Several theories have been proposed as to the cause(s) of secularization. Mary Eberstadt’s book, How the West Really Lost God, is an important new addition to the debate.
From the outset it is critical to pick up on the spirit of Eberstadt’s book. Her subtitle, A New Theory of Secularization, highlights her approach. The author has a particular view and argues it with intelligence and conviction, but she is not making a dogmatic pronouncement. According to my count, Eberstadt mentions at least three times (pages 101, 103, and 215) that “speculation” can’t be avoided in the argument she is making. So hers is a modest proposal. It should be added that speculation can be informed or simply “spitting in the wind.” Eberstadt’s is clearly the former.
So what is this “new” theory of secularization? Simply put, Eberstadt states “…family decline is not merely a consequence of religious decline, as conventional thinking has understood that relationship. It also is plausible—and, I will argue, appears to be true—that family decline in turn helps to power religious decline.” (emphasis of author)
Eberstadt’s argument is confined to the Western context. She is keenly aware that Christianity is thriving in other parts of the world. Eberstadt employs George Weigel’s definition of the West. I will not reproduce it here in full, but the following gives a good flavor of what Eberstadt means by the West: “…the deeper taproots of our civilization lie in cultural soil nurtured by the fruitful interaction of Jerusalem, Athens, and Rome: biblical religion, from which the West learned the idea of history as a purposeful journey into the future, not just one damn thing after another…”
The breakdown of the traditional family is not a debated or seriously contested issue. Everyone (again those in the West), irrespective of their religious convictions, believes the traditional family is undergoing a seismic shift. And note before we move on that I modify family by “traditional.” C.S. Lewis wisely said words like Christianity have lost their meaning when you have to modify them. Yes, the traditional family is in decline, and all kinds of alternate iterations of “family” have emerged as substitutes.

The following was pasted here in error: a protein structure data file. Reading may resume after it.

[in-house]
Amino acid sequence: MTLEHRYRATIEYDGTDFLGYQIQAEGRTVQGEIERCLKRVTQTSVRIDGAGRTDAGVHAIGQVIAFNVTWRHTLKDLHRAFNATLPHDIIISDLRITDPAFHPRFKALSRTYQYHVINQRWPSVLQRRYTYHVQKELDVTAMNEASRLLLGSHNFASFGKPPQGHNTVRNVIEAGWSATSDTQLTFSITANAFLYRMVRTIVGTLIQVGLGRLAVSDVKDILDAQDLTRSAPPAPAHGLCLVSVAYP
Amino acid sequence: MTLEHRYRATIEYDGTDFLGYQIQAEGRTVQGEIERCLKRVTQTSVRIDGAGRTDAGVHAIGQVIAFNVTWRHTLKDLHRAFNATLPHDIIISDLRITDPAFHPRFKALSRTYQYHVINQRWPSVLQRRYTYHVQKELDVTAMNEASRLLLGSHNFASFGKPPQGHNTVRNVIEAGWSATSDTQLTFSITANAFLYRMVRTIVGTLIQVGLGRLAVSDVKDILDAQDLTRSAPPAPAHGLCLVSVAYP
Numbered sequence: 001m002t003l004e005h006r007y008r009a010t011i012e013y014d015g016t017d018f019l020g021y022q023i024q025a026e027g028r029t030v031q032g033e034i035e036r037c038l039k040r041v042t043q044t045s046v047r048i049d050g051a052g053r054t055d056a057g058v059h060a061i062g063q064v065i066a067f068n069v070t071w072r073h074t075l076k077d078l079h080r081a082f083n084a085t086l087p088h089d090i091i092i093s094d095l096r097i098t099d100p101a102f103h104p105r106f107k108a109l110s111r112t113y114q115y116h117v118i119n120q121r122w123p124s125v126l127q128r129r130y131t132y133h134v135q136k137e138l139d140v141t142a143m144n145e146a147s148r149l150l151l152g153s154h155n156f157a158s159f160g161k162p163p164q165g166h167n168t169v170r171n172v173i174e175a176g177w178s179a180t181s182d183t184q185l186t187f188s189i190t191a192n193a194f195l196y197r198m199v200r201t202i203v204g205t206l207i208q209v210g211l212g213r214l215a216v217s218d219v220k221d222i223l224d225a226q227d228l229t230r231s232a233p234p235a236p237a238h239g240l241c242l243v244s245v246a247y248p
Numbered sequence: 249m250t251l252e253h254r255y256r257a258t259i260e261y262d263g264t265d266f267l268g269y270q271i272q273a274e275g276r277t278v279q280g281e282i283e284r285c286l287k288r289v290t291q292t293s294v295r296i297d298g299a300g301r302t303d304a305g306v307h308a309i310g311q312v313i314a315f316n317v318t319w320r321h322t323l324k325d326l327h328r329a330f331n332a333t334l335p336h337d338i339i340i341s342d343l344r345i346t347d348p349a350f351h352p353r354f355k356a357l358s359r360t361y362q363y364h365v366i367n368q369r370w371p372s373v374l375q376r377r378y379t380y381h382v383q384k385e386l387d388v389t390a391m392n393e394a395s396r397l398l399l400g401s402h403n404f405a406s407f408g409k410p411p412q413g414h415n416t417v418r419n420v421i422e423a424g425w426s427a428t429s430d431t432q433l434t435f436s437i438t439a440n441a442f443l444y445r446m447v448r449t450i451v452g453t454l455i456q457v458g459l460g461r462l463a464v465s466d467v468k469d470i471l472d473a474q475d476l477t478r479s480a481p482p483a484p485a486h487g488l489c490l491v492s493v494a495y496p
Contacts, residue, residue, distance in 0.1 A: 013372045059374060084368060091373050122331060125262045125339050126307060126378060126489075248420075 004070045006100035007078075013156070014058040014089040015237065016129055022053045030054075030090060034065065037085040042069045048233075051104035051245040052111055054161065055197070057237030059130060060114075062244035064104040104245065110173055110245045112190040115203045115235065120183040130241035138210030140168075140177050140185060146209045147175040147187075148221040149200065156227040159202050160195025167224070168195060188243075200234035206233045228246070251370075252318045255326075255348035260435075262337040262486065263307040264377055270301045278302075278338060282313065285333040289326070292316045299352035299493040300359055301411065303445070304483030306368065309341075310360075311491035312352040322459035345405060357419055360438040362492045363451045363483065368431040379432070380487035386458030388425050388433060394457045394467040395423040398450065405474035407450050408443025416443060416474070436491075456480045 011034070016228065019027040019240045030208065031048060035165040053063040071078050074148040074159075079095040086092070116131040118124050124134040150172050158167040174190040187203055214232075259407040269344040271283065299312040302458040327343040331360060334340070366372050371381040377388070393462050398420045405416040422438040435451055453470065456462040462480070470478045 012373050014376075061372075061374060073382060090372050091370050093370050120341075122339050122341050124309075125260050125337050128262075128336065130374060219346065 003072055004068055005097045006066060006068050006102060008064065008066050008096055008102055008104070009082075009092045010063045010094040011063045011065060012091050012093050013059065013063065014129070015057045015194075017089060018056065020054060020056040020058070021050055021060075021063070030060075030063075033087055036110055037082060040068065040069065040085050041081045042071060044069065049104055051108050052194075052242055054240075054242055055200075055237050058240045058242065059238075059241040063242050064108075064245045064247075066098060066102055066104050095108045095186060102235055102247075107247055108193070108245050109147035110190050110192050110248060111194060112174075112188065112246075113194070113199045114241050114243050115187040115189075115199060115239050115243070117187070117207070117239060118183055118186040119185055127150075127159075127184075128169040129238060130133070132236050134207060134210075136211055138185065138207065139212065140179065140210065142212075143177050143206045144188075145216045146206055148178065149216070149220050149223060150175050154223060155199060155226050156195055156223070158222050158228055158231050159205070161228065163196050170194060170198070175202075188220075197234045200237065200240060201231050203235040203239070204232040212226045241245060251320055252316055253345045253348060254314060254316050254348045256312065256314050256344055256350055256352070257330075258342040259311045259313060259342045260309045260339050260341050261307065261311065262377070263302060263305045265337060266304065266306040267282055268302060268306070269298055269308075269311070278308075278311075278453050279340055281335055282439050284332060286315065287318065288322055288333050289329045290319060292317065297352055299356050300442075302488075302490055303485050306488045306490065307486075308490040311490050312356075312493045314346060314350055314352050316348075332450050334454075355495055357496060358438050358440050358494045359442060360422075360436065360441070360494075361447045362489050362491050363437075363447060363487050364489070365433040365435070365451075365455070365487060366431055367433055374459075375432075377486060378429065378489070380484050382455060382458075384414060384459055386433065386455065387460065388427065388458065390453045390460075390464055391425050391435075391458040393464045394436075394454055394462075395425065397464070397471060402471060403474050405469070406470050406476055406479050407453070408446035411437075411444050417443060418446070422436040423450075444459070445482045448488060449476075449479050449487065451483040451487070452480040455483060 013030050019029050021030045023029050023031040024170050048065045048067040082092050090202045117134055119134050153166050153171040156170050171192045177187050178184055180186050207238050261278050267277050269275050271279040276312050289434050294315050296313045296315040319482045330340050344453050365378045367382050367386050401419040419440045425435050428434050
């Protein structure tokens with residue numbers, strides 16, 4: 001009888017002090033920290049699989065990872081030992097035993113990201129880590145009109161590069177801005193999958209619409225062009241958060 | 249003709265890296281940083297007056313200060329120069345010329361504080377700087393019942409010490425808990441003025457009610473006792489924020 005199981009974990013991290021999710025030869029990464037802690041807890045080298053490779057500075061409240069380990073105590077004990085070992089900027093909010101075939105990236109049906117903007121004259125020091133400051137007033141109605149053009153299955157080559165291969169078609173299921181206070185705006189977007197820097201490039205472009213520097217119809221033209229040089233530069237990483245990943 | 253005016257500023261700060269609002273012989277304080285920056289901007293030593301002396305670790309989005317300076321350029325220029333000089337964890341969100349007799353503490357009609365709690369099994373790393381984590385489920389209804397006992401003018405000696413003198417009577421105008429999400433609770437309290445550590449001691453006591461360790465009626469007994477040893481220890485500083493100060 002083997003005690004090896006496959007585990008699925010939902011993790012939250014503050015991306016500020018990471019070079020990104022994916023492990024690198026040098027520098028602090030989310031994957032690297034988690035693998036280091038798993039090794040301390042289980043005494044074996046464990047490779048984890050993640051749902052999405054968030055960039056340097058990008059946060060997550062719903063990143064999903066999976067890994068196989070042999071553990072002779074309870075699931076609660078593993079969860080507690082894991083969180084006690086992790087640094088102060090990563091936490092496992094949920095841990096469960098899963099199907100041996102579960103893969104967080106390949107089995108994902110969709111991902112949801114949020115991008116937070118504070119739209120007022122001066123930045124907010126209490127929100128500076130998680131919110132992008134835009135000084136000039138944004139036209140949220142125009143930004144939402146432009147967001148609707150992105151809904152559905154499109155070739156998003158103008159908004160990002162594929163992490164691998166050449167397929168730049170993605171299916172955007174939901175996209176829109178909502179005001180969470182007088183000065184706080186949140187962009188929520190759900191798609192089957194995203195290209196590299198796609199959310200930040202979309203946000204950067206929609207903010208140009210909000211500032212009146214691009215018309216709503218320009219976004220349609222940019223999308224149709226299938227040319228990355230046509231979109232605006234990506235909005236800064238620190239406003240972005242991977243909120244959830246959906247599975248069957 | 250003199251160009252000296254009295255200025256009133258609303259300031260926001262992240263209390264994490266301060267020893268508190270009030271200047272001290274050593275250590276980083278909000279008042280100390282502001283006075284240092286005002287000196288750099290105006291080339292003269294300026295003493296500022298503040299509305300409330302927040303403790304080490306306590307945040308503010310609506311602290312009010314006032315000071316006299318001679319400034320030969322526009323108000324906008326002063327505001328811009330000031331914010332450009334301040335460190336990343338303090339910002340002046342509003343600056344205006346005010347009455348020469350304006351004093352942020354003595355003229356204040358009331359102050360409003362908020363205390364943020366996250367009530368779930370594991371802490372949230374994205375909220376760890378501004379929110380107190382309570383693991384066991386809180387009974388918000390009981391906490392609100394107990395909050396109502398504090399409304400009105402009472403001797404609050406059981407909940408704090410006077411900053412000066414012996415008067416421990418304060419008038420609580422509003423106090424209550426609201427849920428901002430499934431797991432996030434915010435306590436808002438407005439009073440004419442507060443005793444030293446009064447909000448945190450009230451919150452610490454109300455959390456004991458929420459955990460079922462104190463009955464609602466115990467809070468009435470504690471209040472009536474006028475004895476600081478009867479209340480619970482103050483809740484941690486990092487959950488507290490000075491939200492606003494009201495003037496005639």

Declining numbers of church attendance, especially in Europe are also not debated. Eberstadt soberly describes: “Across the Continent, elderly altar servers shuffle in childless churches attended by mere handfuls of pensioners [one who collects a pension, of retirement age].”
The family and the Christian faith have a symbiotic relationship that previous theories of secularization have failed to appreciate. Eberstadt uses the famous double-helix model of Watson and Crick, to depict the intertwined relationship of family and the Christian faith.
Eberstadt concurs with Nietzsche (and those who follow in his train of thinking) that “the great Christian cathedrals of Europe had become tombs.” She disagrees as to the reason why. Again, the breakdown of the traditional family has been neglected in theories of secularization and the alternate explanations of secularization do not seem to have sufficient explanatory power. For example, Eberstadt rightly notes the Enlightenment does not provide the answer. In that same line of thinking, John Woodbridge of Trinity Evangelical Divinity School regularly reminded us that the Wesleyan revival was concurrent with the Enlightenment.
Eberstadt, if I have read her correctly, does not believe her book settles once and for all the knotty issue of secularization’s cause(s). However, she does present a compelling thesis which should be seriously considered.
Eberstadt quotes Peter Laslett’s 1965 book, The World We Have Lost: England Before the Industrial Age, which describes how we are now living in a new world. Indeed, I starkly remember reading Brave New World in my earlier adult years. Aldous Huxley wrote his dystopian classic in 1932. Later, Huxley reflected on what he would change, if anything, about what he wrote in the early 1930s (see Brave New World Revisited). Huxley responded by saying that the “brave new world” was not in some “remote future,” but one that was now “just around the corner.” And the corner Huxley spoke of was 1958, so it seems safe to say we have now turned it!
Now that the modern family is malleable and can be whatever “optional association” (to quote Eberstadt) we desire, what is one to do? How the West Really Lost God raises many important issues. Allow here one application which struck me after reading Eberstadt’s fine study.
Even for people who come to our churches from broken family backgrounds, Christians have something to offer that the world can’t: true community. Robert Bellah and his associates argued in Habits of the Heart that most people don’t experience community, but rather have “lifestyle enclaves.” These are groups of similarly minded people who have similar socio-economic backgrounds. Note well the use of “similar.” In contrast, the church at its best offers people, very different people, even those from terribly broken families, a place to find true community. Joseph Hellerman’s book, When Church was a Family, underscores this reality.
Eberstadt’s provocative and insightful study got me to remember not only the importance of family, but the importance of the church family, regardless of how well our own families have parented us.
The ultimate goal is to have both stronger churches and families. If that happens the appeal of a secular worldview would certainly be less enticing. Imagine scholars wrestling not with theories about the decline of the family or Christianity, but with theories about the decline of secularization!